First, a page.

While some might find Tomas' sexual appetite and exploits edgy, daring or on the contrary, maybe even repulsive, I became bored and tired quickly of them. By the end I found his going-ons really unpleasant and distasteful, maybe even as much as Tereza and maybe because of her. I suppose this is due to two reasons. One, I abhor waste and wastefulness and experiencing sex in such consumeristic excess is a total throw away of possibilities, of feelings, loyalties, personalities, friendships, all qualities of humanity and even basic decency. Secondly, said consumerism is entirely void of any nobler or higher emotion. This isn't something to be argued. Maybe for some it's fine, but it's not my idea of anything valuable in life.  The plot, in and of itself, therefore, didn't provide a great read.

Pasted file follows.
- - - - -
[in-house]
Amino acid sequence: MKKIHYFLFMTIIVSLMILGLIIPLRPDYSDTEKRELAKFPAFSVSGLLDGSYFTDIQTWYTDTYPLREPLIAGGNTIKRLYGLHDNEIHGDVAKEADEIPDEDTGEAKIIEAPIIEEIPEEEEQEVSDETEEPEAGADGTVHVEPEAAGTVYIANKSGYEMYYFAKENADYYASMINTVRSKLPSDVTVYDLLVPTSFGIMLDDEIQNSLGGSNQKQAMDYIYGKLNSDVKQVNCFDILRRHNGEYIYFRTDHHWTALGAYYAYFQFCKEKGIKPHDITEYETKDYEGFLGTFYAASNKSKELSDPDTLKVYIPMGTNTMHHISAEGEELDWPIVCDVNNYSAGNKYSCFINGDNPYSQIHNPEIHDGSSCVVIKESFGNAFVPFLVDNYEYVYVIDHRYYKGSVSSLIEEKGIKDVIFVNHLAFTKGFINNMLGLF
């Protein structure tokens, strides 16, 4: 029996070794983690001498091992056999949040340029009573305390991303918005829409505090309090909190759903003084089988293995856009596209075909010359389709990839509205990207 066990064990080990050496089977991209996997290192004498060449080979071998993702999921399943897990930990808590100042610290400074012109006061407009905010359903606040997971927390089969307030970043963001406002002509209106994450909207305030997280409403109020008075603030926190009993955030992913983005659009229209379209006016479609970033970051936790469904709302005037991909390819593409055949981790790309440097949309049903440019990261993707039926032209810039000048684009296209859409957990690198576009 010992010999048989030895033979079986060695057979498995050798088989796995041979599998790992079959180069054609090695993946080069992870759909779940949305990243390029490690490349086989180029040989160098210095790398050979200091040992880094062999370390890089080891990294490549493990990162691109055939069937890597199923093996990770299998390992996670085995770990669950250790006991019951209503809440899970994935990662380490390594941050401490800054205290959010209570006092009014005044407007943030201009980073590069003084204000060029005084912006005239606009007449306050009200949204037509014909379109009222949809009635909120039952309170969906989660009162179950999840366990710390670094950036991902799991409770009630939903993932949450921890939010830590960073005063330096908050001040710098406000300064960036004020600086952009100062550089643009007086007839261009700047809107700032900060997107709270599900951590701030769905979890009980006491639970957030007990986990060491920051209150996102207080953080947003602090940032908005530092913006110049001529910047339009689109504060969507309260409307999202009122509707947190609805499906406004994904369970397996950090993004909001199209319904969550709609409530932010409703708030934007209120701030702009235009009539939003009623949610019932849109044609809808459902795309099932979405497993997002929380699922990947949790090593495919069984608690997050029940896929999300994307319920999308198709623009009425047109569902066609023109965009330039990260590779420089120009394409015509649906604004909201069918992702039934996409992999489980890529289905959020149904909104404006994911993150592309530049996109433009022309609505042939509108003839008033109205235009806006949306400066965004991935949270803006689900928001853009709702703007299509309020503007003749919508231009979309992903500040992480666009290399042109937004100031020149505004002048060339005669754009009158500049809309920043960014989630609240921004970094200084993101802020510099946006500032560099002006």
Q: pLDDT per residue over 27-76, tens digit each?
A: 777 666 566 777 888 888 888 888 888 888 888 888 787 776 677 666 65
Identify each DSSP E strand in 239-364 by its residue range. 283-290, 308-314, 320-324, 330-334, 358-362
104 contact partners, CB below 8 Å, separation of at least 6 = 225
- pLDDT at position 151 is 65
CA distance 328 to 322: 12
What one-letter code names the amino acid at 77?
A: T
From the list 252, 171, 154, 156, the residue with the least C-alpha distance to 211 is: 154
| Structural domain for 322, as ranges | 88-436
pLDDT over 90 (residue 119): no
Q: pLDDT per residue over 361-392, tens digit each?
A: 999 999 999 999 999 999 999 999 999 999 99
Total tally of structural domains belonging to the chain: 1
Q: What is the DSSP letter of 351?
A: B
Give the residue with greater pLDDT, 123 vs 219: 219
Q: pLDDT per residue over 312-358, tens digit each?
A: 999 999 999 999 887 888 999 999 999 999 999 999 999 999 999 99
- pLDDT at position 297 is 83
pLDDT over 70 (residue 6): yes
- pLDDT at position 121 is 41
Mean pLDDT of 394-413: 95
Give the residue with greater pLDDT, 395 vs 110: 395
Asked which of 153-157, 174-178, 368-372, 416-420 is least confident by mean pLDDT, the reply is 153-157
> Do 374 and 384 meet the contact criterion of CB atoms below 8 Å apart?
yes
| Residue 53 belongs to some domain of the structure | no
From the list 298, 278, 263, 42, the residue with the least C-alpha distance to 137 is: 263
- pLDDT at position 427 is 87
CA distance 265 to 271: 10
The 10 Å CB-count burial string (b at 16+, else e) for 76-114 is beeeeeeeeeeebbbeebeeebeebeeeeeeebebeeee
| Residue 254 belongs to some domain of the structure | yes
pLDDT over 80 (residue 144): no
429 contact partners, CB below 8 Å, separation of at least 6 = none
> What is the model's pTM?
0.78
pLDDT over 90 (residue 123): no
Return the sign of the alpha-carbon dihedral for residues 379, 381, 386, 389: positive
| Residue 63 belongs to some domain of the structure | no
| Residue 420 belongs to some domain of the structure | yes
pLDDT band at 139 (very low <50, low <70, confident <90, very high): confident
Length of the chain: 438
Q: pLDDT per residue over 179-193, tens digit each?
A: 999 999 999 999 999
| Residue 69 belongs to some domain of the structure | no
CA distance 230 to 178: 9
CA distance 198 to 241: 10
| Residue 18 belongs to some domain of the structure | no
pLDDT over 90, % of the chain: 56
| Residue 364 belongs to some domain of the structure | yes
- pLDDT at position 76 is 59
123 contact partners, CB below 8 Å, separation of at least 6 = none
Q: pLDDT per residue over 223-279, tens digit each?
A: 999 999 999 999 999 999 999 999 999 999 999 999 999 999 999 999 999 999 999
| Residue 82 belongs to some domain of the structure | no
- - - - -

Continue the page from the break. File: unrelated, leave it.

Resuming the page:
What I did find thought provoking and worthwhile was the philosophical journey and even certain application of Nietzsche's premise and its inverse. In Milan Kundera's work we delve into the the study of how life can't have meaning if we're unable to study it from the far end. In other words, if we can't study our lives looking backwards, from the point of view of our death. Instead, in real time, when we must make our most important decisions how can we absolutely know if they are right and wrong if we can never practice what it is to choose well for ourselves, and what choices could be bad and even disastrous? How, therefore, can morality be attached to our choices? This is the deeper, more meaningful essence and redemptive element of the novel. It poses questions about the heaviness and lightness of life. And in the end, many, myself included might decide that while lightness, or lives free as the air we breathe, might be tempting, it might not be the most desirous choice after all. We might decide the light is insignificant, void of meaning and decide that it's simply unbearable and choose heaviness, together with meaning and purpose, instead. Still, in conclusion, not I, nor most lectors will be able to answer simply by the end of this read. That's what gives this book cause for deeper reflection and true value.